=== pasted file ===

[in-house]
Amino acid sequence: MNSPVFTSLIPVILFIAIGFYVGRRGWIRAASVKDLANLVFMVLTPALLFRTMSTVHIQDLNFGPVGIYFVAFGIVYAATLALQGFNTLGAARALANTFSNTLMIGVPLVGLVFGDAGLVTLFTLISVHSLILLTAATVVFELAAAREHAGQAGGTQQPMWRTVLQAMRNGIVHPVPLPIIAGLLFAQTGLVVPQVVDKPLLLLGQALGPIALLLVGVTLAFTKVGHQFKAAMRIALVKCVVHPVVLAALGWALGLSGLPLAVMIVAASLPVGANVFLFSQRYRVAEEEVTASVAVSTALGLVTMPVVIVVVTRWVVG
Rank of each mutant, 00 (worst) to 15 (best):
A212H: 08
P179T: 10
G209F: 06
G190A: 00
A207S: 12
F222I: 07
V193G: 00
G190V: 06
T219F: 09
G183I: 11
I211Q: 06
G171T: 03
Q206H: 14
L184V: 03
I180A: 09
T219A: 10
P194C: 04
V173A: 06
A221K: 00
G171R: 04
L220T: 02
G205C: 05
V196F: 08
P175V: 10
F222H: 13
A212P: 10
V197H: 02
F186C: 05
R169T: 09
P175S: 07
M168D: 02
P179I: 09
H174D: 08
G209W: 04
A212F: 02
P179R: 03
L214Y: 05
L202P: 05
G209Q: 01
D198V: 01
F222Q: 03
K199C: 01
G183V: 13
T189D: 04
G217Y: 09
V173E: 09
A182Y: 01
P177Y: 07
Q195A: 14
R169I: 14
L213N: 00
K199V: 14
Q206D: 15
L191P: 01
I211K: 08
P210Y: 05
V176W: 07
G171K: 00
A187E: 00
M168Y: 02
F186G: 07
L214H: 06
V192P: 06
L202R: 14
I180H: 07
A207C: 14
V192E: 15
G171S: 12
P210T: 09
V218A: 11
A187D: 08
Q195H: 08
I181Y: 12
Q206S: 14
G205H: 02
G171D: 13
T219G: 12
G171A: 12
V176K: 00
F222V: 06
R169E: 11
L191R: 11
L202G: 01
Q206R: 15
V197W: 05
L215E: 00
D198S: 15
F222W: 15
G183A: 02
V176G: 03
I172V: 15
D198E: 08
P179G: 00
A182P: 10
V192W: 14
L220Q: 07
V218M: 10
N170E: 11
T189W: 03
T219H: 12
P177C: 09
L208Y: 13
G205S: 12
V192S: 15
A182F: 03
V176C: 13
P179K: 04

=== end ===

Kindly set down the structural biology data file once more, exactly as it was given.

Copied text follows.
[in-house]
Amino acid sequence: MNSPVFTSLIPVILFIAIGFYVGRRGWIRAASVKDLANLVFMVLTPALLFRTMSTVHIQDLNFGPVGIYFVAFGIVYAATLALQGFNTLGAARALANTFSNTLMIGVPLVGLVFGDAGLVTLFTLISVHSLILLTAATVVFELAAAREHAGQAGGTQQPMWRTVLQAMRNGIVHPVPLPIIAGLLFAQTGLVVPQVVDKPLLLLGQALGPIALLLVGVTLAFTKVGHQFKAAMRIALVKCVVHPVVLAALGWALGLSGLPLAVMIVAASLPVGANVFLFSQRYRVAEEEVTASVAVSTALGLVTMPVVIVVVTRWVVG
Rank of each mutant, 00 (worst) to 15 (best):
A212H: 08
P179T: 10
G209F: 06
G190A: 00
A207S: 12
F222I: 07
V193G: 00
G190V: 06
T219F: 09
G183I: 11
I211Q: 06
G171T: 03
Q206H: 14
L184V: 03
I180A: 09
T219A: 10
P194C: 04
V173A: 06
A221K: 00
G171R: 04
L220T: 02
G205C: 05
V196F: 08
P175V: 10
F222H: 13
A212P: 10
V197H: 02
F186C: 05
R169T: 09
P175S: 07
M168D: 02
P179I: 09
H174D: 08
G209W: 04
A212F: 02
P179R: 03
L214Y: 05
L202P: 05
G209Q: 01
D198V: 01
F222Q: 03
K199C: 01
G183V: 13
T189D: 04
G217Y: 09
V173E: 09
A182Y: 01
P177Y: 07
Q195A: 14
R169I: 14
L213N: 00
K199V: 14
Q206D: 15
L191P: 01
I211K: 08
P210Y: 05
V176W: 07
G171K: 00
A187E: 00
M168Y: 02
F186G: 07
L214H: 06
V192P: 06
L202R: 14
I180H: 07
A207C: 14
V192E: 15
G171S: 12
P210T: 09
V218A: 11
A187D: 08
Q195H: 08
I181Y: 12
Q206S: 14
G205H: 02
G171D: 13
T219G: 12
G171A: 12
V176K: 00
F222V: 06
R169E: 11
L191R: 11
L202G: 01
Q206R: 15
V197W: 05
L215E: 00
D198S: 15
F222W: 15
G183A: 02
V176G: 03
I172V: 15
D198E: 08
P179G: 00
A182P: 10
V192W: 14
L220Q: 07
V218M: 10
N170E: 11
T189W: 03
T219H: 12
P177C: 09
L208Y: 13
G205S: 12
V192S: 15
A182F: 03
V176C: 13
P179K: 04